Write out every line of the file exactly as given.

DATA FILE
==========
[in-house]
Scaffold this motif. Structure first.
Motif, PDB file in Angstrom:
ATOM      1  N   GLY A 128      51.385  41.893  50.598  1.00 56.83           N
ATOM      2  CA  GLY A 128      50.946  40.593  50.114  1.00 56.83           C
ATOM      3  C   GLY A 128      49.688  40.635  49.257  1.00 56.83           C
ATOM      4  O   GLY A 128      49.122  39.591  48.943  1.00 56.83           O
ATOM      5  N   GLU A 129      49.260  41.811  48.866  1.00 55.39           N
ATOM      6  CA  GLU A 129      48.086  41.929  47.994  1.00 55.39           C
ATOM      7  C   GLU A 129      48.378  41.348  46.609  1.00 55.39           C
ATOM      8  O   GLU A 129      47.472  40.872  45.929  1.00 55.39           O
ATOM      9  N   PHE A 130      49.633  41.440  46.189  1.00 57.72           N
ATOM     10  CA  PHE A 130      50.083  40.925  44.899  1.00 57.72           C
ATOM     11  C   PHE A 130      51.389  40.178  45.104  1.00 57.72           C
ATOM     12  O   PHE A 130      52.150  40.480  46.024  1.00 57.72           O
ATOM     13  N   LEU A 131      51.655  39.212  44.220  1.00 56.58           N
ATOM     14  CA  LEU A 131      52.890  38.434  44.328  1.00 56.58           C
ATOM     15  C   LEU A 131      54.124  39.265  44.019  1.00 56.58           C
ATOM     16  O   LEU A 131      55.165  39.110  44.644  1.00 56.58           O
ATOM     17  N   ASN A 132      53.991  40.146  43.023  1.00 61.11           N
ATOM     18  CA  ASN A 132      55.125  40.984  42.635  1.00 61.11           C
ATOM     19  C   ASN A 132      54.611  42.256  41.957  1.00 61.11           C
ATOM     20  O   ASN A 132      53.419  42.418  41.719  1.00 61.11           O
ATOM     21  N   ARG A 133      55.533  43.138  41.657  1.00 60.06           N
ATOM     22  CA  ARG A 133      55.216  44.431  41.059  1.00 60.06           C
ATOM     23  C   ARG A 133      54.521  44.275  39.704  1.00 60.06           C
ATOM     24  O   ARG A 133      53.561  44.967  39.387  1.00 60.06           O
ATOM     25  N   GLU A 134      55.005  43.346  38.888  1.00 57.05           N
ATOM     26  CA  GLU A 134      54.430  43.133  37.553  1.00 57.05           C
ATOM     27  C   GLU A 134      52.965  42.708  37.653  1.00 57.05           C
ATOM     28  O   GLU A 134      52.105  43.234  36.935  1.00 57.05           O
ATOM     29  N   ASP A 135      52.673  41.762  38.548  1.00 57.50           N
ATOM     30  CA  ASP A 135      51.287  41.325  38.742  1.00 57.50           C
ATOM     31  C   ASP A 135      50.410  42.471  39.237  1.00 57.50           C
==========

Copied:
[in-house]
Scaffold this motif. Structure first.
Motif, PDB file in Angstrom:
ATOM      1  N   GLY A 128      51.385  41.893  50.598  1.00 56.83           N
ATOM      2  CA  GLY A 128      50.946  40.593  50.114  1.00 56.83           C
ATOM      3  C   GLY A 128      49.688  40.635  49.257  1.00 56.83           C
ATOM      4  O   GLY A 128      49.122  39.591  48.943  1.00 56.83           O
ATOM      5  N   GLU A 129      49.260  41.811  48.866  1.00 55.39           N
ATOM      6  CA  GLU A 129      48.086  41.929  47.994  1.00 55.39           C
ATOM      7  C   GLU A 129      48.378  41.348  46.609  1.00 55.39           C
ATOM      8  O   GLU A 129      47.472  40.872  45.929  1.00 55.39           O
ATOM      9  N   PHE A 130      49.633  41.440  46.189  1.00 57.72           N
ATOM     10  CA  PHE A 130      50.083  40.925  44.899  1.00 57.72           C
ATOM     11  C   PHE A 130      51.389  40.178  45.104  1.00 57.72           C
ATOM     12  O   PHE A 130      52.150  40.480  46.024  1.00 57.72           O
ATOM     13  N   LEU A 131      51.655  39.212  44.220  1.00 56.58           N
ATOM     14  CA  LEU A 131      52.890  38.434  44.328  1.00 56.58           C
ATOM     15  C   LEU A 131      54.124  39.265  44.019  1.00 56.58           C
ATOM     16  O   LEU A 131      55.165  39.110  44.644  1.00 56.58           O
ATOM     17  N   ASN A 132      53.991  40.146  43.023  1.00 61.11           N
ATOM     18  CA  ASN A 132      55.125  40.984  42.635  1.00 61.11           C
ATOM     19  C   ASN A 132      54.611  42.256  41.957  1.00 61.11           C
ATOM     20  O   ASN A 132      53.419  42.418  41.719  1.00 61.11           O
ATOM     21  N   ARG A 133      55.533  43.138  41.657  1.00 60.06           N
ATOM     22  CA  ARG A 133      55.216  44.431  41.059  1.00 60.06           C
ATOM     23  C   ARG A 133      54.521  44.275  39.704  1.00 60.06           C
ATOM     24  O   ARG A 133      53.561  44.967  39.387  1.00 60.06           O
ATOM     25  N   GLU A 134      55.005  43.346  38.888  1.00 57.05           N
ATOM     26  CA  GLU A 134      54.430  43.133  37.553  1.00 57.05           C
ATOM     27  C   GLU A 134      52.965  42.708  37.653  1.00 57.05           C
ATOM     28  O   GLU A 134      52.105  43.234  36.935  1.00 57.05           O
ATOM     29  N   ASP A 135      52.673  41.762  38.548  1.00 57.50           N
ATOM     30  CA  ASP A 135      51.287  41.325  38.742  1.00 57.50           C
ATOM     31  C   ASP A 135      50.410  42.471  39.237  1.00 57.50           C